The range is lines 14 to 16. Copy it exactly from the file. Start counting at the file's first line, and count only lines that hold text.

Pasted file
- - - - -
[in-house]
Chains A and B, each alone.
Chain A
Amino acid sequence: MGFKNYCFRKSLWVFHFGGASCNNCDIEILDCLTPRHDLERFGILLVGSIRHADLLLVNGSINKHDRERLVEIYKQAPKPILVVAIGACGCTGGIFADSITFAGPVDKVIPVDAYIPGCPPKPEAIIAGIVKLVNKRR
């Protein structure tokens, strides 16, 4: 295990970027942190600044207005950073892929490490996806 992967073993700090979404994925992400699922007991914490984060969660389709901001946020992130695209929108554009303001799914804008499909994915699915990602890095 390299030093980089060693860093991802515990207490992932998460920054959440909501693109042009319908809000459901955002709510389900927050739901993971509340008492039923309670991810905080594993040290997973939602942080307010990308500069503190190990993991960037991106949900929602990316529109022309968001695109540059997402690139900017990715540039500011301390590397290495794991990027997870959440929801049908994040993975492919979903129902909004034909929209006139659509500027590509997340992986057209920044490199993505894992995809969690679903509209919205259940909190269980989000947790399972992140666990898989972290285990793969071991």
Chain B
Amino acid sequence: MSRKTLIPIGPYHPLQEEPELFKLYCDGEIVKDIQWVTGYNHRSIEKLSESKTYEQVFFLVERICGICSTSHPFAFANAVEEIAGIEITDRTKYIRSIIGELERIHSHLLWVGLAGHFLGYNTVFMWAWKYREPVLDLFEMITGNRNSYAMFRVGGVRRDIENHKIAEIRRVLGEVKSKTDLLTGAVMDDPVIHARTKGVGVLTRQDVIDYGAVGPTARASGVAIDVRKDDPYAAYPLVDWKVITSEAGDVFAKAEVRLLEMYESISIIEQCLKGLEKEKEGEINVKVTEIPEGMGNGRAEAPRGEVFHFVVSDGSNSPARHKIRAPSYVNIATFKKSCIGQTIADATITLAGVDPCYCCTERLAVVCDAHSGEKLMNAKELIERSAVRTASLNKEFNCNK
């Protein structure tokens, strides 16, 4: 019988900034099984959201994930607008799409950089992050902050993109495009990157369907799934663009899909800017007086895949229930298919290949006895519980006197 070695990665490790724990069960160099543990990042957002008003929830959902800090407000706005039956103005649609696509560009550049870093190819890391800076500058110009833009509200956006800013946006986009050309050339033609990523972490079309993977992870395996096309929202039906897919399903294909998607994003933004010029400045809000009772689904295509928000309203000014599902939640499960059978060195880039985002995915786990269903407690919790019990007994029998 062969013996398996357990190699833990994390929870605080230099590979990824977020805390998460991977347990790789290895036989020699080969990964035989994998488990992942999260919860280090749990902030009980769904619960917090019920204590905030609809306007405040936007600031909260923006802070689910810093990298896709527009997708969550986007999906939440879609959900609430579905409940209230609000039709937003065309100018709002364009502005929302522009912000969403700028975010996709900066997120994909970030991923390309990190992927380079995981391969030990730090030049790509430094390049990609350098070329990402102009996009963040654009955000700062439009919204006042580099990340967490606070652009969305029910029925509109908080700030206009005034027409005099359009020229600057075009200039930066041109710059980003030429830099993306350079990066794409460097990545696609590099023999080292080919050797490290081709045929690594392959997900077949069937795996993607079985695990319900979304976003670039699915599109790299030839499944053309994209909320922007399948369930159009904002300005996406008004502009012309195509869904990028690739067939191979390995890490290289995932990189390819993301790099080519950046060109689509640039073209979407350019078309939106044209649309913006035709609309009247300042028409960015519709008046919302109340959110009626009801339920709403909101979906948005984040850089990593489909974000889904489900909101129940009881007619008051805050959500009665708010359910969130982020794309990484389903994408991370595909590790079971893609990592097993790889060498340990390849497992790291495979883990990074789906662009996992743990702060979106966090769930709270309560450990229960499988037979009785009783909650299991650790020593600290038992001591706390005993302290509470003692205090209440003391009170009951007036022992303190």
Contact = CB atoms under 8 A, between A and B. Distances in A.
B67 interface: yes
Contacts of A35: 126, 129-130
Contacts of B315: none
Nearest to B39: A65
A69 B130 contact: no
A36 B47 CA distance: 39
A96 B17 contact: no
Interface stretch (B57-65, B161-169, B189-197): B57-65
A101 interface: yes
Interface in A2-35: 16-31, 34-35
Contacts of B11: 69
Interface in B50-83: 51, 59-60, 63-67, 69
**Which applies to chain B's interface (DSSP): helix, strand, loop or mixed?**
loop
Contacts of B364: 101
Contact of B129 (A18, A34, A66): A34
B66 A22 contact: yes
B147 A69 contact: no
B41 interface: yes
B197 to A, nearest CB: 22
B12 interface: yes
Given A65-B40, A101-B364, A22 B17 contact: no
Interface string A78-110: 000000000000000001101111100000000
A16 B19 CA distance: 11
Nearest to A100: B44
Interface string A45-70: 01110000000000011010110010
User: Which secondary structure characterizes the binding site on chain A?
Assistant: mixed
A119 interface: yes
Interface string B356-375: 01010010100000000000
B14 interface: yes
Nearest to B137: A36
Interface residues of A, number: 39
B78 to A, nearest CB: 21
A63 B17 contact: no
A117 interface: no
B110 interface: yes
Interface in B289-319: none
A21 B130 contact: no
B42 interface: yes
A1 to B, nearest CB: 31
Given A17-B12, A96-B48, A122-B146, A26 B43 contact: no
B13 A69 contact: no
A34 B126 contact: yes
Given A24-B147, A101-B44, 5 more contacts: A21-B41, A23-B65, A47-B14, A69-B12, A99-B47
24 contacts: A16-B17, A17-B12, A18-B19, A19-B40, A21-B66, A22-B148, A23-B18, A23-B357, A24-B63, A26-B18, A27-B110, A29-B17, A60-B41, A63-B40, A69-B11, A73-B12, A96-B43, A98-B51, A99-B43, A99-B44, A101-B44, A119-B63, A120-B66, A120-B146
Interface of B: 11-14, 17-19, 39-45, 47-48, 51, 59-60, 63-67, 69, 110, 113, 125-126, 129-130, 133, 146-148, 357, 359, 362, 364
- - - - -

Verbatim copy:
A69 B130 contact: no
A36 B47 CA distance: 39
A96 B17 contact: no